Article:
Amazon warehouse workers were fired over text last Christmas, anonymous staffer claims

amazon warehouseSean Gallup/Getty Images

  • An anonymous Amazon employee wrote in The Guardian that seasonal warehouse workers were fired over text the day after Christmas last year.
  • Amazon brings in lots of seasonal workers for "peak," the six week period which runs from a week before Black Friday up until Christmas.
  • According to the anonymous worker, texts were then sent out asking employees to volunteer for overtime.

An anonymous Amazon worker has written a column in The Guardian describing what it's like to work at an Amazon warehouse, or "fulfilment center," at Christmas.

The period from the week before Black Friday running through to Christmas is called "peak," and is when warehouse workers are expected to put in more hours in shift patterns that can add up to about 60 hours a week, according to the anonymous employee.

Typically, Amazon brings in seasonal workers to help cope with the increased workload, and the anonymous writer claims that they double the workforce with these employees who are "paid less, not given benefits, and put on a restrictive time-off allowance, ensuring they'll be working through the holiday season."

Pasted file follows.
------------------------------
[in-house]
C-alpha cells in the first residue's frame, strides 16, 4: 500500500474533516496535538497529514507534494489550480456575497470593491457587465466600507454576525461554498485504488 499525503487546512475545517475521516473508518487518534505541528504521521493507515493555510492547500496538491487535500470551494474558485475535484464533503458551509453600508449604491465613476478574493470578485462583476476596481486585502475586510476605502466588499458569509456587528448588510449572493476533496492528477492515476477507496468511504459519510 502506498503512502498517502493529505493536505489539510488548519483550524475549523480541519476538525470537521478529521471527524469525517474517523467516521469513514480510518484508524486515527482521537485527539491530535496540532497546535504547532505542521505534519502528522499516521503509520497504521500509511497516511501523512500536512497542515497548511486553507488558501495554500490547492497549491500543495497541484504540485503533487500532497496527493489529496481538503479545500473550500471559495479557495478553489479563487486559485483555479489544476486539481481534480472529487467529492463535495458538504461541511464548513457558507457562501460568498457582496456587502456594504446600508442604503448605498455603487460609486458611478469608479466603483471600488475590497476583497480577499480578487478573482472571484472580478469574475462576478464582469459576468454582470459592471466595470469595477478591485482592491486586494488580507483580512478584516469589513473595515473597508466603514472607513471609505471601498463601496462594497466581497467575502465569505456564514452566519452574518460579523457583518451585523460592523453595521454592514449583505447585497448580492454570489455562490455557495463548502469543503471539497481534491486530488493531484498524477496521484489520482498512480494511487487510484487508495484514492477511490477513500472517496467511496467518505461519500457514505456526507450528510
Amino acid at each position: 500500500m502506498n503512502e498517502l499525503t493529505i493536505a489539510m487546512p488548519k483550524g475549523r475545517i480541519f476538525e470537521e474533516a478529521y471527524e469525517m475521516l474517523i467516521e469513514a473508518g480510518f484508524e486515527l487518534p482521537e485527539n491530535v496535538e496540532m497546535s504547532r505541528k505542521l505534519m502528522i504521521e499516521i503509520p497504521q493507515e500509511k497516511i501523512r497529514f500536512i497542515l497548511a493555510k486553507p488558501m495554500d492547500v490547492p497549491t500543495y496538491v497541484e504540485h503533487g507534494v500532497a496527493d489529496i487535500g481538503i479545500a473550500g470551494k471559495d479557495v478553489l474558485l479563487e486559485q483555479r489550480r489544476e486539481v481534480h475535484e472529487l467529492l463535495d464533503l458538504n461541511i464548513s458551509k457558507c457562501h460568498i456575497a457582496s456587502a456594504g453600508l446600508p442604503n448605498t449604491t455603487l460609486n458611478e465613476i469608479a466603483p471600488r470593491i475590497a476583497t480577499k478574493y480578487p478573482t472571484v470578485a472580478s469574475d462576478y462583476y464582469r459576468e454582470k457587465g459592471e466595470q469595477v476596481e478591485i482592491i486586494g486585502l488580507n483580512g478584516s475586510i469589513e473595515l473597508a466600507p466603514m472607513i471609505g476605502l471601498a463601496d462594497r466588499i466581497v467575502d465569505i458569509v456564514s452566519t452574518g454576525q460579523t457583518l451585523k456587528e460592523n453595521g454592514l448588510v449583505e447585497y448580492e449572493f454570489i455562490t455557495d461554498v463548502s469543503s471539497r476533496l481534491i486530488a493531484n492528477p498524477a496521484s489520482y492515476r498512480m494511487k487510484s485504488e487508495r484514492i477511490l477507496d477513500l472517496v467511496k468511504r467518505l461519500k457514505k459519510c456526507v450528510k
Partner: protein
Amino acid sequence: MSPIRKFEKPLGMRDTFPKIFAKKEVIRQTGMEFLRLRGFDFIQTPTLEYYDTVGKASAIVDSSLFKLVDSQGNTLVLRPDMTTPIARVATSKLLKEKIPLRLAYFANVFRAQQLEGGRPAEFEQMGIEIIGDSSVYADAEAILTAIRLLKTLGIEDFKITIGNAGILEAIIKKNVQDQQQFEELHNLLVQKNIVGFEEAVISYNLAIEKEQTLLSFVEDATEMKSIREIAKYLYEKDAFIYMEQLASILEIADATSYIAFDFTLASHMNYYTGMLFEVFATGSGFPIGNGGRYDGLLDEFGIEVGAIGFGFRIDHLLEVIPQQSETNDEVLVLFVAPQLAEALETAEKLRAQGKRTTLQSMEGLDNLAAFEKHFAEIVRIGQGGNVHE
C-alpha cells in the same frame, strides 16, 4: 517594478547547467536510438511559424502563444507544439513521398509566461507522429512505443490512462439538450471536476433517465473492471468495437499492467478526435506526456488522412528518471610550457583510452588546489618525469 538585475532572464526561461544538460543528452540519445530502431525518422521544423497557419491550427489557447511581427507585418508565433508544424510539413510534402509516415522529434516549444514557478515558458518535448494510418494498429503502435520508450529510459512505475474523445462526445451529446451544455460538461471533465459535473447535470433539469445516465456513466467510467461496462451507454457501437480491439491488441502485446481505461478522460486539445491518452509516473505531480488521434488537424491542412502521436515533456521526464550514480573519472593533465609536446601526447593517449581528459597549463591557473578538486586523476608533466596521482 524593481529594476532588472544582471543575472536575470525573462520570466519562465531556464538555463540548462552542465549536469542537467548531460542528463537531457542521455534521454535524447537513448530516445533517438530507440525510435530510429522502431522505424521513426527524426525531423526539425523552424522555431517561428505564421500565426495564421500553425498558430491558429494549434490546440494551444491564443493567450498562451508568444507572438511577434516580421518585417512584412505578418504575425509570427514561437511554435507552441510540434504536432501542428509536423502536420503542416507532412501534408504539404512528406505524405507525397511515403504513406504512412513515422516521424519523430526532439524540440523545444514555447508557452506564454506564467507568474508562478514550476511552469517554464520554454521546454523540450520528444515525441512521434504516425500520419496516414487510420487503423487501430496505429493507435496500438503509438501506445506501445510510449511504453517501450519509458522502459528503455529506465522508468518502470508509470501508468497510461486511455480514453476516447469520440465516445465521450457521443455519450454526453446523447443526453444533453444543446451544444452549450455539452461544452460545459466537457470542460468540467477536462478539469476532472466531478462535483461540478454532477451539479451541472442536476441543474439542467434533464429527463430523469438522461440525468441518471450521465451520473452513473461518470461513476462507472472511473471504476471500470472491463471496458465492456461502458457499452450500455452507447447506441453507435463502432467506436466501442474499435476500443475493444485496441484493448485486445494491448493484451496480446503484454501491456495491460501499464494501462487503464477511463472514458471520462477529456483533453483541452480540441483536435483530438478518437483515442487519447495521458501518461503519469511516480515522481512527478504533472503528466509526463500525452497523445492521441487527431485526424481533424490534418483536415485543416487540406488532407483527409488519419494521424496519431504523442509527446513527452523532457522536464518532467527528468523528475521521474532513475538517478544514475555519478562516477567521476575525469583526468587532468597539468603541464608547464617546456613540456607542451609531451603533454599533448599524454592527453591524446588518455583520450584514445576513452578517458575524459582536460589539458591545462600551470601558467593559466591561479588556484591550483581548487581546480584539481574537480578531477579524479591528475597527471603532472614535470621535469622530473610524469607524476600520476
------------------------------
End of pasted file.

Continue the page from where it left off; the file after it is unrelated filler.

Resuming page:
The staffer, who works in a warehouse in the US, said that last year seasonal employees were laid off the day after Christmas Day via text.

Read more: 'They treat us like disposable parts': An Amazon warehouse worker is waging war on working conditions in a new anonymous newspaper column

"Last year, that was when the culling of seasonal associates began, people [were] fired mid-shift by text message," the worker said. "Not an hour later, texts went out seeking volunteers for overtime for the next two weeks."

Reportedly these texts were accidentally sent to some of the employees who had just been fired, prompting a friend of the writer to kick a pallet over, say "f--k this" and march out of the building.

Business Insider has contacted Amazon for comment.

Do you work at Amazon? Got a tip? Contact this reporter via email at ihamilton@businessinsider.com. You can also contact Business Insider securely via SecureDrop.
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